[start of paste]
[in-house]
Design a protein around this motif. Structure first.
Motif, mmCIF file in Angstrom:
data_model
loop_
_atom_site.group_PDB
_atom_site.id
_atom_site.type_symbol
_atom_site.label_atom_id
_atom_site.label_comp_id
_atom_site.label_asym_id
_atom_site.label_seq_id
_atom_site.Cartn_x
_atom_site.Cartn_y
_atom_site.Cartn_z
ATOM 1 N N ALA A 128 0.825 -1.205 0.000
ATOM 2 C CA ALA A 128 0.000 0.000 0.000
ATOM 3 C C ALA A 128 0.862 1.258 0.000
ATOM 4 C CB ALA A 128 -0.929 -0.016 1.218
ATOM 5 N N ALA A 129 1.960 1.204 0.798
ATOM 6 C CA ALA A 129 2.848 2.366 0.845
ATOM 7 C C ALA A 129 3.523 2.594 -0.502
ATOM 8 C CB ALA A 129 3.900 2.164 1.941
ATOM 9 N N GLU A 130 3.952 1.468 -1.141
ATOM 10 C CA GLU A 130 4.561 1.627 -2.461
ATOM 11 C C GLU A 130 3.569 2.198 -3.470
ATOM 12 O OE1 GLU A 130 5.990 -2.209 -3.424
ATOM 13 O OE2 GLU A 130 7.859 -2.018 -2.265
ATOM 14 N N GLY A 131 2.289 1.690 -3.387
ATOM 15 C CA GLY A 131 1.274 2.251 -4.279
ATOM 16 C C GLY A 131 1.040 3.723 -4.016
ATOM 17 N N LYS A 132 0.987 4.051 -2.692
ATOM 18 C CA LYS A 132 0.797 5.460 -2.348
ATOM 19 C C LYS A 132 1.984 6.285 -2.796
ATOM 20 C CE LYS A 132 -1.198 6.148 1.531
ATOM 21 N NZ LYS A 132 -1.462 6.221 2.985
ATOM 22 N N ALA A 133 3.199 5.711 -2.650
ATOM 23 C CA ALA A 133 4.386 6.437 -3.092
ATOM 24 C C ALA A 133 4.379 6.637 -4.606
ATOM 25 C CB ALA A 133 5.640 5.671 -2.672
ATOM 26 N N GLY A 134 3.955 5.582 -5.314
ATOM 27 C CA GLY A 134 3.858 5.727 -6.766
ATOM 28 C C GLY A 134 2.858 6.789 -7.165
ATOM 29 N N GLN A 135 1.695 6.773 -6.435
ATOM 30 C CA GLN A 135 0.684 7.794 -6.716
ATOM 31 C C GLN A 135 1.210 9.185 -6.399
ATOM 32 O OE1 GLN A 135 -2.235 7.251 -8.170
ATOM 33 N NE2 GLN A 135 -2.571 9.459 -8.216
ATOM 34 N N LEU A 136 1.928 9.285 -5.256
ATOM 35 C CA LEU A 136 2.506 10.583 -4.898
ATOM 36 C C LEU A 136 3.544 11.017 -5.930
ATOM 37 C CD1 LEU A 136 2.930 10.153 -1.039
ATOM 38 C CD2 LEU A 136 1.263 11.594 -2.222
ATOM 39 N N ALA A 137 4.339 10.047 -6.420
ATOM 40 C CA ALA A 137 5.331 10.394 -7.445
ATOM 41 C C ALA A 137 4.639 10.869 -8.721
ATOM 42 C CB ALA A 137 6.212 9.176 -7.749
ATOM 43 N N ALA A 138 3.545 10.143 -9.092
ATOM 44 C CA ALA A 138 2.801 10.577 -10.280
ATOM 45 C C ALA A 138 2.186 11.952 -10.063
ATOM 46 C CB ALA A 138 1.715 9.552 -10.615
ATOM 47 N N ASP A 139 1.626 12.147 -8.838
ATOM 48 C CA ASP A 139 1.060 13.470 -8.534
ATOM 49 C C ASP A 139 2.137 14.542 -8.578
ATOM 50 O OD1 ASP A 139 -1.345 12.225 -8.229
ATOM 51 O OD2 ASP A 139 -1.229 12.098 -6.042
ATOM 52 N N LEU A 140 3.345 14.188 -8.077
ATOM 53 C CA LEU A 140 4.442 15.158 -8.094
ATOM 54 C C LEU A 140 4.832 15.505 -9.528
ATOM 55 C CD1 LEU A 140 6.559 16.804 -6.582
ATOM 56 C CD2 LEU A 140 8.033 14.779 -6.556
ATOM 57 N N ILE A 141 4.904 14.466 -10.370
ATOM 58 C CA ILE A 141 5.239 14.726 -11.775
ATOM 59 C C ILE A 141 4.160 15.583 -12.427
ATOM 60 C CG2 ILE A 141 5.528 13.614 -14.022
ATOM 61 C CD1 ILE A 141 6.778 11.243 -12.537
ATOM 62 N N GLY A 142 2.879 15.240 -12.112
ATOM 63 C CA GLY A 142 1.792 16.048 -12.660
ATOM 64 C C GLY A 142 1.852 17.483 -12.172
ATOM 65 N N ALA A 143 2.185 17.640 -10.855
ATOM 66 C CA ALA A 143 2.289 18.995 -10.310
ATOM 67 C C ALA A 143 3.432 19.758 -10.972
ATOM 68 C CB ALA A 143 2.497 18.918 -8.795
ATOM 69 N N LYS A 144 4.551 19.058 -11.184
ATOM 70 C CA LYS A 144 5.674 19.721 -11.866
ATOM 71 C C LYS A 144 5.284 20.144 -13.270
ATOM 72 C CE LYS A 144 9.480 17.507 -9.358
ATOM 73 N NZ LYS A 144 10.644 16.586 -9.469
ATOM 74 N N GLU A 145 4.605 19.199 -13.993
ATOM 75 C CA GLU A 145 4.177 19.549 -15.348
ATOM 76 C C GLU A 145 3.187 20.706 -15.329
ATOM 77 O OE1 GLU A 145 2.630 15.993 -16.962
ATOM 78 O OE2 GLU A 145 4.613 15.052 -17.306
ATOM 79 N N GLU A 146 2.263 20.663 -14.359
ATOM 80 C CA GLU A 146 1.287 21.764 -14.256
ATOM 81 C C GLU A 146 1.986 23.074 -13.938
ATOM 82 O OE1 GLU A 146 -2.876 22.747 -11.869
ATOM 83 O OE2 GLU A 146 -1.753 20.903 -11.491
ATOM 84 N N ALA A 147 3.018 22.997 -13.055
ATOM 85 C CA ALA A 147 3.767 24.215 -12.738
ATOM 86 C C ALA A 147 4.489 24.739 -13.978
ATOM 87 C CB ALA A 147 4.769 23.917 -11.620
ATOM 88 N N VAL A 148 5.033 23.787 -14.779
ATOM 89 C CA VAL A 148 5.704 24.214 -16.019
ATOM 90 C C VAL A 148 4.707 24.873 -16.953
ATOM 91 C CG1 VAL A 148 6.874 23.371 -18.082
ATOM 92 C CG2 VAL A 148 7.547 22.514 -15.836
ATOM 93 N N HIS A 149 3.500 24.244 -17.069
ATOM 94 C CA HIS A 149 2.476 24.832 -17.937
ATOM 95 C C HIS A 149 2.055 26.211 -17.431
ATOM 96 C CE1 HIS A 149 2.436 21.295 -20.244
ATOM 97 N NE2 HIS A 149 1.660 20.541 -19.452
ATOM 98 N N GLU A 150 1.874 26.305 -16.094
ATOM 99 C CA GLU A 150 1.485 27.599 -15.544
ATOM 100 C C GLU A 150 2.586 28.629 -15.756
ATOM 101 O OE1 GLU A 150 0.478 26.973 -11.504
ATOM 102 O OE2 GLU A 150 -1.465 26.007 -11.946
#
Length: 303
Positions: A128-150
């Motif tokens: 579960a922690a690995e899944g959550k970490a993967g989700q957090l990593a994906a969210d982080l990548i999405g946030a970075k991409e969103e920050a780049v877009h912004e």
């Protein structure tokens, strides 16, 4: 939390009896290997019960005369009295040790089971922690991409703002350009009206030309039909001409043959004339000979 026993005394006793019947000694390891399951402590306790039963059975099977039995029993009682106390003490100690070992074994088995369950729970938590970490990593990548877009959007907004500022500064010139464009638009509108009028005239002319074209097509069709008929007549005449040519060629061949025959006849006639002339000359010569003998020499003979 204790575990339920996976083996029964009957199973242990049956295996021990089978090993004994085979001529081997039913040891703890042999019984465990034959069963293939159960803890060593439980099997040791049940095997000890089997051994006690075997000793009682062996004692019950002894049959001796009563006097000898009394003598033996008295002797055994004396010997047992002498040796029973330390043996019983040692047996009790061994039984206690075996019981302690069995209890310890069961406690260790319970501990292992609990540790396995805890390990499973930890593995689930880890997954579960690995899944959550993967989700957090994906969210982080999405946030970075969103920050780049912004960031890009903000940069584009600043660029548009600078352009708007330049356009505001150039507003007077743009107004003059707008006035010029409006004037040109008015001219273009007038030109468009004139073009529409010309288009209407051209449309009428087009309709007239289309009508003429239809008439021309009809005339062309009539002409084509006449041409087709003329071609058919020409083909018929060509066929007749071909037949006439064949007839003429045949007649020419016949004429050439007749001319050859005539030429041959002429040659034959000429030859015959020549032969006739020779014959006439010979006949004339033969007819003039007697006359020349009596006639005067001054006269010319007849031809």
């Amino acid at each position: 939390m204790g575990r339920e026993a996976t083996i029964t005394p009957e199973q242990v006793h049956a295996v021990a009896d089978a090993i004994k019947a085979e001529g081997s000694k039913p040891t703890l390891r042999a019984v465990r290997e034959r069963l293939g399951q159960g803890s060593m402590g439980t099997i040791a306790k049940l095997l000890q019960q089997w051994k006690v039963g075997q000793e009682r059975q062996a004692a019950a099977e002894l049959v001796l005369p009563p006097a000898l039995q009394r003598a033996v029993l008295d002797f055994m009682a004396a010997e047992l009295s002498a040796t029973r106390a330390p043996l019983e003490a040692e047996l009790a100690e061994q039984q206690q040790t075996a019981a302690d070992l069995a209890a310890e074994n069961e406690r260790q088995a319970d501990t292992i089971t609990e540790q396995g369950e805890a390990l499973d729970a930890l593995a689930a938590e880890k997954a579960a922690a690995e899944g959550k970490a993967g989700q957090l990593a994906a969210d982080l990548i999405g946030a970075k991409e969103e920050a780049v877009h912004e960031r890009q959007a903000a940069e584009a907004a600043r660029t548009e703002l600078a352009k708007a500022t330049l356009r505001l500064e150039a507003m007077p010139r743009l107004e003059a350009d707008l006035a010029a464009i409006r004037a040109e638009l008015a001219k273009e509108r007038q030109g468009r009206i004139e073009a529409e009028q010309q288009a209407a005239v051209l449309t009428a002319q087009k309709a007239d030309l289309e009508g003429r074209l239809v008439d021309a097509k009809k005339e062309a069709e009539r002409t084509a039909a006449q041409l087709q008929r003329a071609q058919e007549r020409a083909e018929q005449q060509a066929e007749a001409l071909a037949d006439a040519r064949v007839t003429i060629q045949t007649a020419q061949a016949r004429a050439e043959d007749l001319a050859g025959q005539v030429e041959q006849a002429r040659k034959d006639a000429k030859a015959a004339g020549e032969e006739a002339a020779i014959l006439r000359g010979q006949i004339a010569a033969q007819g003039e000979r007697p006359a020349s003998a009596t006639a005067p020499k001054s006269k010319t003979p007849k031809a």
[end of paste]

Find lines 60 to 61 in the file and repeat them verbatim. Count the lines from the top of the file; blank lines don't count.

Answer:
ATOM 45 C C ALA A 138 2.186 11.952 -10.063
ATOM 46 C CB ALA A 138 1.715 9.552 -10.615